*Make a plan (sometimes): planning your practice before you begin can help you achieve your goals. However, not planning, and simply “following you curiosity as you practice” can help you relax and enjoy your instrument. Mix it up!

*Follow a routine: find a place and time that works with your schedule to practice, even if it only 10 minutes after school in the orchestra room. 

*The orchestra room is available during 8th period.  


Start slowly and gradually get faster: If in doubt, slow it down. 

Chunking: Zoom in on the difficult parts of your piece

Don’t always start at the beginning: Start in a different place every time you practice a piece. Focus your efforts on the parts that need work or the  parts that are fun.  

Use a metronome: Vary your tempo. Try playing slow sections quickly and fast sections slowly. Metronomes can be found for free on app stores. If you search metronome on Google, one appears at the top of your search results. There is no excuse for not using a metronome. 

Mark with a pencil: Write reminders about accidentals, difficult rhythms, fingerings, note names, etc.  


Work backwards: Choose a short passage at the end of a section you wish to improve. Repeat or modify until you feel it is improved. Then, increase the length of the passage by starting a few notes earlier. Repeat this process until you feel comfortable with the entire passage.

Change the rhythm: For example: if you encounter a difficult passage with straight eighth notes, try changing them to dotted eighth/sixteenths, and then sixteenths/dotted eighths.  Changing the rhythm this way can help show you where the hard notes are and make you think about notes differently. 

Change the articulations: For example, play the entire passage staccato, and then play it legato. Experience with different placements of slurs and accents. 

Make it fun: If practicing is a chore, change something. Take a break, or ask for help. Turn practicing into a game.

Practice with a friend: practicing doesn’t have to be lonely. A friend can give you an aural model of a passage, give you feedback, and motivate you to practice. 

Memorize: a passage or an entire passage. When you can play a piece from memory, you have guaranteed that you know the essentials and are ready to dedicate your thoughts to other ideas to make the music more interesting.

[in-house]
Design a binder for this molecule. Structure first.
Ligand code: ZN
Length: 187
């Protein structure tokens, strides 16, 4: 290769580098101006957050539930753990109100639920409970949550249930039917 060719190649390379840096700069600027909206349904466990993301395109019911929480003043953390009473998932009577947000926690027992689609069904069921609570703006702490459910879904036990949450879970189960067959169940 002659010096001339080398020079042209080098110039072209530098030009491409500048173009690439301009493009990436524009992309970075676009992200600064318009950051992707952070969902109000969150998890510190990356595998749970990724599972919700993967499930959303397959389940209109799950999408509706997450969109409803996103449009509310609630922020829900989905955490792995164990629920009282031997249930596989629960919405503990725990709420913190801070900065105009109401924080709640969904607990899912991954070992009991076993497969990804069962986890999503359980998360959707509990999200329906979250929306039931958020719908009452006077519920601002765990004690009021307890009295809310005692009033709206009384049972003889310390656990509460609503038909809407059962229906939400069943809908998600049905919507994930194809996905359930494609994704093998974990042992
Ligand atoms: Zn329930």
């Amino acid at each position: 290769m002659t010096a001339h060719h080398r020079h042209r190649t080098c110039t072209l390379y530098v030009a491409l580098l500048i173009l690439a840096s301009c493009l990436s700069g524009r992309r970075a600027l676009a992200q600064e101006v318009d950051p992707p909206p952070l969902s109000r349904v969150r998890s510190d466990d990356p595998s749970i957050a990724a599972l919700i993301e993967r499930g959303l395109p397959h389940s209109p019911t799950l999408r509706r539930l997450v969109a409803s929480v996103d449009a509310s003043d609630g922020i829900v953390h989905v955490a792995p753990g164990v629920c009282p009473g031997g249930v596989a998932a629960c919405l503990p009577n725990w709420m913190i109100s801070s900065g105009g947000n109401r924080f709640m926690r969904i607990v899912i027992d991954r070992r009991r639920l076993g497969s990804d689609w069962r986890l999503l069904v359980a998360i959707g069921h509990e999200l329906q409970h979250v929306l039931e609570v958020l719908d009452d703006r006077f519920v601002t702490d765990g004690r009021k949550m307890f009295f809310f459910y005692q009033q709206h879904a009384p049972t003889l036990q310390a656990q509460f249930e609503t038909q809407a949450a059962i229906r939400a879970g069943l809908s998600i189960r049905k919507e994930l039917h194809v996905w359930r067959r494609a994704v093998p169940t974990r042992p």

4-3-2-1: Repeat each not in a difficult passage four times, then three times, and so on. This is a great strategy for quick moving passages because you are able to practice the bow stroke/articulation at tempo while slowing down the fingering.

Improvise: Experiment with your instrument. Create new sounds and melodies. Create variations on a theme in your music. 

Let your feelings out: Focus on the musical ideas you are trying to convey in your playing. Experiment with expressing different emotions. Tell a story with your instrument. 


Use MENTAL practice: Read through your music without making a sound on your instrument. Move your fingers and speak the note names or rhythm. Think about your music when you’re away from your instrument. 

Sing it/ hum it/ whistle it/ speak it/ clap it: Singing, humming, whistling the melody and speaking or clapping the rhythm can help you develop an aural model of your music, play in tune, and correct errors.

Use YouTube: This free online resource contains many amateur and professional recordings. Listening to recordings of your music can help you catch your errors and refine your own interpretation of the piece. YouTube also contains many free instrument lessons on topics such as vibrato, shifting, or bowing techniques.  

How its Made Videos

Gut Strings ( kind of gross, you were warned!) -

Guitars -

Violins -

Violins -

Galen Hartley Builds a Violin -

Bows -

How String Instruments Make Their Sound -

Everything You Would ever want to know about the Violin -

Other Sting Instruments

Viola da Gamba -

Octobass -

Nyckelharpa -

Hurdy-Gurdy -

Viola Organista